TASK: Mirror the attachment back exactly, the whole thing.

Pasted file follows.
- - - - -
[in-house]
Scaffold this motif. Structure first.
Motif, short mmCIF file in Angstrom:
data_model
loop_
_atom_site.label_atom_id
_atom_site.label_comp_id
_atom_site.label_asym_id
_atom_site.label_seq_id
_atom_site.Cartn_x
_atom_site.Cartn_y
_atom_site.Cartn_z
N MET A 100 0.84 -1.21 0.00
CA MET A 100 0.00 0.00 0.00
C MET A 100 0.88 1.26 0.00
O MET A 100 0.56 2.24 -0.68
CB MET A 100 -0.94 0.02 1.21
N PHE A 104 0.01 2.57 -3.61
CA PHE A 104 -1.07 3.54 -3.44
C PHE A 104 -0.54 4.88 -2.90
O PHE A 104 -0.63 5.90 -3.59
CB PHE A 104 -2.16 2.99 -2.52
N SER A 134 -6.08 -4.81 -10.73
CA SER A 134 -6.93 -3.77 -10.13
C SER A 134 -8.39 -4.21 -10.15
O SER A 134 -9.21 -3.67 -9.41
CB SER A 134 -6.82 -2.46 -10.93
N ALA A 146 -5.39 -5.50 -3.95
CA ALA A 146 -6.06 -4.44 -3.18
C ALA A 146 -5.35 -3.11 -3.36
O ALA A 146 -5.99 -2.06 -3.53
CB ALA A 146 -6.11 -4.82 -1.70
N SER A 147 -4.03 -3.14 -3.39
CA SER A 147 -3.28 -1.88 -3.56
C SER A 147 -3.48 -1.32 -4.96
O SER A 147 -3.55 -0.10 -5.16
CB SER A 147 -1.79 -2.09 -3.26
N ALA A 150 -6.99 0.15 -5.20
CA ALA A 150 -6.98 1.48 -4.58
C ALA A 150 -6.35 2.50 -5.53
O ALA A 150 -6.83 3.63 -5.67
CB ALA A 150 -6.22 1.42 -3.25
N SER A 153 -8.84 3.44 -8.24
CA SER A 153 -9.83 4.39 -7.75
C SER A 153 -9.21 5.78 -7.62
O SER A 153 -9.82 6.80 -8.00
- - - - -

[in-house]
Scaffold this motif. Structure first.
Motif, short mmCIF file in Angstrom:
data_model
loop_
_atom_site.label_atom_id
_atom_site.label_comp_id
_atom_site.label_asym_id
_atom_site.label_seq_id
_atom_site.Cartn_x
_atom_site.Cartn_y
_atom_site.Cartn_z
N MET A 100 0.84 -1.21 0.00
CA MET A 100 0.00 0.00 0.00
C MET A 100 0.88 1.26 0.00
O MET A 100 0.56 2.24 -0.68
CB MET A 100 -0.94 0.02 1.21
N PHE A 104 0.01 2.57 -3.61
CA PHE A 104 -1.07 3.54 -3.44
C PHE A 104 -0.54 4.88 -2.90
O PHE A 104 -0.63 5.90 -3.59
CB PHE A 104 -2.16 2.99 -2.52
N SER A 134 -6.08 -4.81 -10.73
CA SER A 134 -6.93 -3.77 -10.13
C SER A 134 -8.39 -4.21 -10.15
O SER A 134 -9.21 -3.67 -9.41
CB SER A 134 -6.82 -2.46 -10.93
N ALA A 146 -5.39 -5.50 -3.95
CA ALA A 146 -6.06 -4.44 -3.18
C ALA A 146 -5.35 -3.11 -3.36
O ALA A 146 -5.99 -2.06 -3.53
CB ALA A 146 -6.11 -4.82 -1.70
N SER A 147 -4.03 -3.14 -3.39
CA SER A 147 -3.28 -1.88 -3.56
C SER A 147 -3.48 -1.32 -4.96
O SER A 147 -3.55 -0.10 -5.16
CB SER A 147 -1.79 -2.09 -3.26
N ALA A 150 -6.99 0.15 -5.20
CA ALA A 150 -6.98 1.48 -4.58
C ALA A 150 -6.35 2.50 -5.53
O ALA A 150 -6.83 3.63 -5.67
CB ALA A 150 -6.22 1.42 -3.25
N SER A 153 -8.84 3.44 -8.24
CA SER A 153 -9.83 4.39 -7.75
C SER A 153 -9.21 5.78 -7.62
O SER A 153 -9.82 6.80 -8.00